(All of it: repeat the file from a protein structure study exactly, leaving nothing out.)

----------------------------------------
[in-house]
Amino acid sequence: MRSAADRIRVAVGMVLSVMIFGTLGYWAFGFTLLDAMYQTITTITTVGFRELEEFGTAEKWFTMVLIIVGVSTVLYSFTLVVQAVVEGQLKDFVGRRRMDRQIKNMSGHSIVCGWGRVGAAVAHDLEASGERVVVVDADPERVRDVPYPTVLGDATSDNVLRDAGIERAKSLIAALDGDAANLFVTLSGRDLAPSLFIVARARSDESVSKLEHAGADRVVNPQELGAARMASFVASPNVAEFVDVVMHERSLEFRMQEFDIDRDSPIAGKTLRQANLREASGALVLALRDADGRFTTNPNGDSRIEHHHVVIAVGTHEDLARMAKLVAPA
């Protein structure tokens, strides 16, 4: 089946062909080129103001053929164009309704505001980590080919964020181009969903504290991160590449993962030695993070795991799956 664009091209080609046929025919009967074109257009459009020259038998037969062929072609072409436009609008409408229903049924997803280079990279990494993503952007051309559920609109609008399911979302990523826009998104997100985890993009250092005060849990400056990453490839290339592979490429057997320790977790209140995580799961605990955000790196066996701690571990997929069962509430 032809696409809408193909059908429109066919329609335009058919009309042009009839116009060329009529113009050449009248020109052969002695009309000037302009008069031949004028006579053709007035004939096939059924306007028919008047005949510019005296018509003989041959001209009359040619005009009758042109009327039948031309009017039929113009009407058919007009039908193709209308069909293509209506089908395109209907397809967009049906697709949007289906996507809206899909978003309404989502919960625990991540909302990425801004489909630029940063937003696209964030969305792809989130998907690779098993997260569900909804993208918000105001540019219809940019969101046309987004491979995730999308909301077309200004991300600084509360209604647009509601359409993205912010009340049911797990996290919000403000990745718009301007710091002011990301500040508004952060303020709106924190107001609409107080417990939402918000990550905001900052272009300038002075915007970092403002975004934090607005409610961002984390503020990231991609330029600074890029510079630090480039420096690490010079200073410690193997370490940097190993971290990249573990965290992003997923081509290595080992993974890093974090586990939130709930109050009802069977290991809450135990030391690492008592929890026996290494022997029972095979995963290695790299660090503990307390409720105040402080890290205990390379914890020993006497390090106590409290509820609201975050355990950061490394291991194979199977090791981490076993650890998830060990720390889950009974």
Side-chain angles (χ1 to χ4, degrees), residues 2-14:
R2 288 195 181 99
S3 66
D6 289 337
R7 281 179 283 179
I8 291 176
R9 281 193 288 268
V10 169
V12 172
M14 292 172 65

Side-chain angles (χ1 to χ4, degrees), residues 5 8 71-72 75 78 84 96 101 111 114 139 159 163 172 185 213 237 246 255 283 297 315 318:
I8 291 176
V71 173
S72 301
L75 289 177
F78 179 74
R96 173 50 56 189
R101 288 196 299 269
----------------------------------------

[in-house]
Amino acid sequence: MRSAADRIRVAVGMVLSVMIFGTLGYWAFGFTLLDAMYQTITTITTVGFRELEEFGTAEKWFTMVLIIVGVSTVLYSFTLVVQAVVEGQLKDFVGRRRMDRQIKNMSGHSIVCGWGRVGAAVAHDLEASGERVVVVDADPERVRDVPYPTVLGDATSDNVLRDAGIERAKSLIAALDGDAANLFVTLSGRDLAPSLFIVARARSDESVSKLEHAGADRVVNPQELGAARMASFVASPNVAEFVDVVMHERSLEFRMQEFDIDRDSPIAGKTLRQANLREASGALVLALRDADGRFTTNPNGDSRIEHHHVVIAVGTHEDLARMAKLVAPA
């Protein structure tokens, strides 16, 4: 089946062909080129103001053929164009309704505001980590080919964020181009969903504290991160590449993962030695993070795991799956 664009091209080609046929025919009967074109257009459009020259038998037969062929072609072409436009609008409408229903049924997803280079990279990494993503952007051309559920609109609008399911979302990523826009998104997100985890993009250092005060849990400056990453490839290339592979490429057997320790977790209140995580799961605990955000790196066996701690571990997929069962509430 032809696409809408193909059908429109066919329609335009058919009309042009009839116009060329009529113009050449009248020109052969002695009309000037302009008069031949004028006579053709007035004939096939059924306007028919008047005949510019005296018509003989041959001209009359040619005009009758042109009327039948031309009017039929113009009407058919007009039908193709209308069909293509209506089908395109209907397809967009049906697709949007289906996507809206899909978003309404989502919960625990991540909302990425801004489909630029940063937003696209964030969305792809989130998907690779098993997260569900909804993208918000105001540019219809940019969101046309987004491979995730999308909301077309200004991300600084509360209604647009509601359409993205912010009340049911797990996290919000403000990745718009301007710091002011990301500040508004952060303020709106924190107001609409107080417990939402918000990550905001900052272009300038002075915007970092403002975004934090607005409610961002984390503020990231991609330029600074890029510079630090480039420096690490010079200073410690193997370490940097190993971290990249573990965290992003997923081509290595080992993974890093974090586990939130709930109050009802069977290991809450135990030391690492008592929890026996290494022997029972095979995963290695790299660090503990307390409720105040402080890290205990390379914890020993006497390090106590409290509820609201975050355990950061490394291991194979199977090791981490076993650890998830060990720390889950009974």
Side-chain angles (χ1 to χ4, degrees), residues 2-14:
R2 288 195 181 99
S3 66
D6 289 337
R7 281 179 283 179
I8 291 176
R9 281 193 288 268
V10 169
V12 172
M14 292 172 65

Side-chain angles (χ1 to χ4, degrees), residues 5 8 71-72 75 78 84 96 101 111 114 139 159 163 172 185 213 237 246 255 283 297 315 318:
I8 291 176
V71 173
S72 301
L75 289 177
F78 179 74
R96 173 50 56 189
R101 288 196 299 269